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Unformatted text preview: 3520-9: Last updated on 9/18/091-81Lecture 9: Taxable Income and Tax for CorporationsCorporations are taxed as separate entities & are taxpayers [see definitions of taxpayer & person in ITA 248 (1)]Corporations file T2 returns (individuals file T1 returns) & include their financial statements with their tax returns1.1Recommended Exercises Exercise 11-1 [Review of Net Income]Exercise 11-2 [Taxable Income]Exercise 13-4 [Associated Companies]Exercise 12-1 [Integration (Non-Eligible Dividends)]Exercise 12-2 [Integration (Eligible Dividends)]Exercise 11-7, 15-1 [Active Business Income]2Three Main Types of CorporationsThere are three main types of corporationsPublic corporationsresident in Canada, listed on a designated Canadian stock exchange (all Canadian exchanges are designated) [ITA 89]Private corporations [ITA 89(1)] = not publicCanadian controlled private corporations (CCPCs) [ITA 89(1)] = a special type of private corporation = a private corporation that is not controlled by public companies or non-residents [ITA 89]Income earned by a CCPC is eligible for special tax treatmentCanadian active business income is eligible for the Small Business DeductionInvestment income is eligible for other special treatment that results in lower tax ratesResearch & development tax incentives are more generous3Computation of Net IncomeCorporations use financial statement income to calculate Division B income (also called net income for tax purposes)See Fig. 11-1Exercise 11-1 reviews some important itemssee CTP 11-1 to 11-44Computation of Taxable IncomeDivision B income minus Division C deductions = Taxable incomeThe 3 major Division C deductions for corporations earning income in Canada are:3520-9: Last updated on 9/18/092-8Charitable donations [ITA 110.1(1)]Dividends from taxable Canadian corporations [ITA 112]Loss carryovers [ITA 111]See Fig. 11-2see CTP 11-5 to 11-94.1Charitable DonationsITA 110.1(1): limited to 75% of net incomeThe rules are the same as for individuals except that donations by a corporation are eligible for a taxable income (division C) deduction rather than a tax creditThis is because corporations are subject to a flat tax rate rather than progressive tax ratesAll unclaimed donations can be carried forward 5 years 4.2Dividends from Taxable Canadian CorporationsITA 112This deduction means that dividends between Canadian corporations are essentially tax-free and this prevents double taxationsee CTP 11-10 to 11-124.3Loss CarryoversITA 111: the rules are the same as for individualsthe two most important carryovers areNon capital lossescarry back 3 years, carry forward 20 yearsNet capital lossescarry back 3 years, carry forward indefinitely. Can only be used to offset taxable capital gainssee CTP 10-24 to 10-305Federal Tax PayableThe following table sets out the general corporate tax rate for business income in 2009 and the lower rate for the first $500,000 of active business income earned by...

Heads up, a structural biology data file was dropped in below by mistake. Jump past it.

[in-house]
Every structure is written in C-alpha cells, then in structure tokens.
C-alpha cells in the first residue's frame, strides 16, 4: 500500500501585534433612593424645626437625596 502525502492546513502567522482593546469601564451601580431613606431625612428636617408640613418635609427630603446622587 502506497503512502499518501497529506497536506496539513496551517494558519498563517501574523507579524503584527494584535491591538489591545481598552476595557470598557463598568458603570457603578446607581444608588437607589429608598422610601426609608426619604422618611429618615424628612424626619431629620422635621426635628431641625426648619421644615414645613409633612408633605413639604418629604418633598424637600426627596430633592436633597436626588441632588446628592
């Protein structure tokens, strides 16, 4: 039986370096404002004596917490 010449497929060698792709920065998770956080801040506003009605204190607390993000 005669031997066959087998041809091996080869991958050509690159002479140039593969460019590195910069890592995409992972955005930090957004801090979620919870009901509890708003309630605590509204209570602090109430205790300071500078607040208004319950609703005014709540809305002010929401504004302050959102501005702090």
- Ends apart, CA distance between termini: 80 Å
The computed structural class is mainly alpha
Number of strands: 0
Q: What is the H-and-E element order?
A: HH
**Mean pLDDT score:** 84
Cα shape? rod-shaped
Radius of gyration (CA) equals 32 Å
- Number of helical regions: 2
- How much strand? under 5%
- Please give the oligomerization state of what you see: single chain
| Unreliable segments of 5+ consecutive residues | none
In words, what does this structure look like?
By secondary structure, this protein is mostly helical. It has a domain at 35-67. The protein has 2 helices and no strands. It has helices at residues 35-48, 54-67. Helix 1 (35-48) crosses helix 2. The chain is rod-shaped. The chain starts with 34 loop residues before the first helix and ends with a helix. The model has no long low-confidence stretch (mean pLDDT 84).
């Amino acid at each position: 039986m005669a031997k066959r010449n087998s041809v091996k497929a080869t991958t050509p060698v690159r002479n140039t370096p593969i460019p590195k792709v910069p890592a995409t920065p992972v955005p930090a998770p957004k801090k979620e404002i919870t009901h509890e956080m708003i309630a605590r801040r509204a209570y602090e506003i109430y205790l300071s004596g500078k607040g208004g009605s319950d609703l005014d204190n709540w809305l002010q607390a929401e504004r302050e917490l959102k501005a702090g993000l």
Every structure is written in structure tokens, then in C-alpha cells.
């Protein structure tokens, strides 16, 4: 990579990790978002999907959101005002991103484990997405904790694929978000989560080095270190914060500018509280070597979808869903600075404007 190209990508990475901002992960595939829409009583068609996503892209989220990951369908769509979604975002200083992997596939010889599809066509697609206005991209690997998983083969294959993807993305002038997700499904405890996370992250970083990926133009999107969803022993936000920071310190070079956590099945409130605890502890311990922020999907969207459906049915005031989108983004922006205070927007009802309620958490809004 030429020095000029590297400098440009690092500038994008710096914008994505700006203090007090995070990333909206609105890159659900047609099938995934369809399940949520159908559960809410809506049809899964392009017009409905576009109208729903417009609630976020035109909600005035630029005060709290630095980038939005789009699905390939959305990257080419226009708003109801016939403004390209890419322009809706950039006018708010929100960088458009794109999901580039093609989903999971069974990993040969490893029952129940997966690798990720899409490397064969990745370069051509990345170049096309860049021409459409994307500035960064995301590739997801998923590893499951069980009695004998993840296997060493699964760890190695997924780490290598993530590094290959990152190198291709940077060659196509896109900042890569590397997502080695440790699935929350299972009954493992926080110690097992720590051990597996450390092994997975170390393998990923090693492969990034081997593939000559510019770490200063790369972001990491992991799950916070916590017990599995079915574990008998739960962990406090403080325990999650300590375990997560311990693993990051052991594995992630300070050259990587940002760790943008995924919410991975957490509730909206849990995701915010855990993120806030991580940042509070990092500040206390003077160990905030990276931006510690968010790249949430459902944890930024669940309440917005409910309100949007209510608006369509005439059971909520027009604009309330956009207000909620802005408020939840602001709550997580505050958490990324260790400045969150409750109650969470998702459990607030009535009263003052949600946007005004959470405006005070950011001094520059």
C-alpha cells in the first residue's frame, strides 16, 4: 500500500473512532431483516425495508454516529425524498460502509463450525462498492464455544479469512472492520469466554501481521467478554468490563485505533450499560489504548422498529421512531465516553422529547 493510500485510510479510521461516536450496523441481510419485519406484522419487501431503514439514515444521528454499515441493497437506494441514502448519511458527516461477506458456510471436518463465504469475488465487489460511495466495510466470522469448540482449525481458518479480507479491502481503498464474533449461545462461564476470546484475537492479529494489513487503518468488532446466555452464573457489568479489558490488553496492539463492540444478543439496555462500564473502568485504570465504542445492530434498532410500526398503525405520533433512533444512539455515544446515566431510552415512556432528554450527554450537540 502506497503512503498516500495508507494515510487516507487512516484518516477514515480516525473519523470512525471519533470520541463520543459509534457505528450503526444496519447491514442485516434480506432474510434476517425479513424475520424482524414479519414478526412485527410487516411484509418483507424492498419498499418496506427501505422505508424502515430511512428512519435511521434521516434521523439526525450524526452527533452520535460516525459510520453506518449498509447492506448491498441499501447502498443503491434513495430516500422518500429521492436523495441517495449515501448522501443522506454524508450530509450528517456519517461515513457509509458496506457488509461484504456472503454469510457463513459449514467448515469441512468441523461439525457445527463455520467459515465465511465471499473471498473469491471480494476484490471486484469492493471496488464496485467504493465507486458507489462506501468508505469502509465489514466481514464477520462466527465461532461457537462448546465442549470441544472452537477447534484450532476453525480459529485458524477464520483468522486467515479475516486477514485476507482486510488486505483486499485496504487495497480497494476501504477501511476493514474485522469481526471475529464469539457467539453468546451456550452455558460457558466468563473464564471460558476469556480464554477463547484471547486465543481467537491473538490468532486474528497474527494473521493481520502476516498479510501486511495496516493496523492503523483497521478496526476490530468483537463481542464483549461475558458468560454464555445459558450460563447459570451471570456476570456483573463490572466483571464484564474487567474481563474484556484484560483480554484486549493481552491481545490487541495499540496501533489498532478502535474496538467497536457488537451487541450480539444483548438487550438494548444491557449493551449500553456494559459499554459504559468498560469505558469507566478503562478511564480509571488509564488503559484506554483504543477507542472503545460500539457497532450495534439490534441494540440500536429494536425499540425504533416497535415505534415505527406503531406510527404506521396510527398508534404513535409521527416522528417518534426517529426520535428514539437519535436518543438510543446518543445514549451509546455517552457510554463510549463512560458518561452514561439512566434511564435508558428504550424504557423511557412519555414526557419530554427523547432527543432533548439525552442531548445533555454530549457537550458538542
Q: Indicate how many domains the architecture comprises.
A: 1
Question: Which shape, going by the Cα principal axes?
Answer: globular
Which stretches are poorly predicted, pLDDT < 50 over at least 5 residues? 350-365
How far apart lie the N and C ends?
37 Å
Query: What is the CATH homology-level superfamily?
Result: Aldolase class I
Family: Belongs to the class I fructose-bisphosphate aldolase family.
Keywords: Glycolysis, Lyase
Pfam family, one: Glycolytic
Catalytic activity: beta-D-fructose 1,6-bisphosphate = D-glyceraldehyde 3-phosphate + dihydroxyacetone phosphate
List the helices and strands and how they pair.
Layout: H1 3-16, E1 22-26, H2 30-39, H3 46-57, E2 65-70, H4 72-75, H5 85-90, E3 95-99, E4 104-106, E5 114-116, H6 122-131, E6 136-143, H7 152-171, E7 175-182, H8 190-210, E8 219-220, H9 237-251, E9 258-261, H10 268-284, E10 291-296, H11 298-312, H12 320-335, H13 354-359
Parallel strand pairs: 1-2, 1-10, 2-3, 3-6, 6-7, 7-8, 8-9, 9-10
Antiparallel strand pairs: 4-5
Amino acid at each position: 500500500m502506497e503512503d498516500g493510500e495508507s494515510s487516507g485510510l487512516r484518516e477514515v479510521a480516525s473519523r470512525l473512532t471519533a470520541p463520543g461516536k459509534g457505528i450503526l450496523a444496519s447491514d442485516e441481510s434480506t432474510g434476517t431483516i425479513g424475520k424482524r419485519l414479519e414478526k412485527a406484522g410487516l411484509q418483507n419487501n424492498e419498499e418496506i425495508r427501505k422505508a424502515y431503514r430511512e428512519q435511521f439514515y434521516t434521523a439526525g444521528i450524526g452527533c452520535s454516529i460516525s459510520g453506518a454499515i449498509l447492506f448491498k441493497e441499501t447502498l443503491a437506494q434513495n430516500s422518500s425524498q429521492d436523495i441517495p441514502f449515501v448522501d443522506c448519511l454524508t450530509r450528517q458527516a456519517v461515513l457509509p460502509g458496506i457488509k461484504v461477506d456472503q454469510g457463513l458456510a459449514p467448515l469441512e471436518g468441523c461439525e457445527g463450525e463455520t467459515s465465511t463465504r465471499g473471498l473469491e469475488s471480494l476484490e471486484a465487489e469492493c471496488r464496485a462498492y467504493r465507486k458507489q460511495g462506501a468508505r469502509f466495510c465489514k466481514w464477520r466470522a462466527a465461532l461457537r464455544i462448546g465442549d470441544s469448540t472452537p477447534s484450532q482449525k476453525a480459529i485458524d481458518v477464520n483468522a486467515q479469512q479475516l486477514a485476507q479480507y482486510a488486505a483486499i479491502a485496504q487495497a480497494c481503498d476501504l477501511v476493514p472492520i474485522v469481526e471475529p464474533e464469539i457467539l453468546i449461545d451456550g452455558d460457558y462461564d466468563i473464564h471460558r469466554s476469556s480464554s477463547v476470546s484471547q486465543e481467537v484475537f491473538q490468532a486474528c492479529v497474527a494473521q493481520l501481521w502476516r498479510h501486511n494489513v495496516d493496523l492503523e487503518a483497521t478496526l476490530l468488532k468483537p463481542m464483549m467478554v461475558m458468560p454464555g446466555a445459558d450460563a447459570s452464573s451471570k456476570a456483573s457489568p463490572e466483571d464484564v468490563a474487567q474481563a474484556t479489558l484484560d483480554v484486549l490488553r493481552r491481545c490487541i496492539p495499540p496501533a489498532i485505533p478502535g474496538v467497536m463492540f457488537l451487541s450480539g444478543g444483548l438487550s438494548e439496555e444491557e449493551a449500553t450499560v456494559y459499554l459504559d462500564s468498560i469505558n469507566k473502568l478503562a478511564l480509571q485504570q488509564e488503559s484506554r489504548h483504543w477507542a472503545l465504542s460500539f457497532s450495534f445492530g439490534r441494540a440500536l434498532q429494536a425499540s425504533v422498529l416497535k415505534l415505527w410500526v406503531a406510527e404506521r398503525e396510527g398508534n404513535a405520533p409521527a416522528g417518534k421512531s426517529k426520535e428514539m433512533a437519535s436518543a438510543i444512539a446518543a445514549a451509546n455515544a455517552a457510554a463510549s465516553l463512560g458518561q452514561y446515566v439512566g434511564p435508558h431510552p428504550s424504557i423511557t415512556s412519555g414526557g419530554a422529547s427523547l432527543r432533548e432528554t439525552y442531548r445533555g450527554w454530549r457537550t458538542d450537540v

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- Spring '09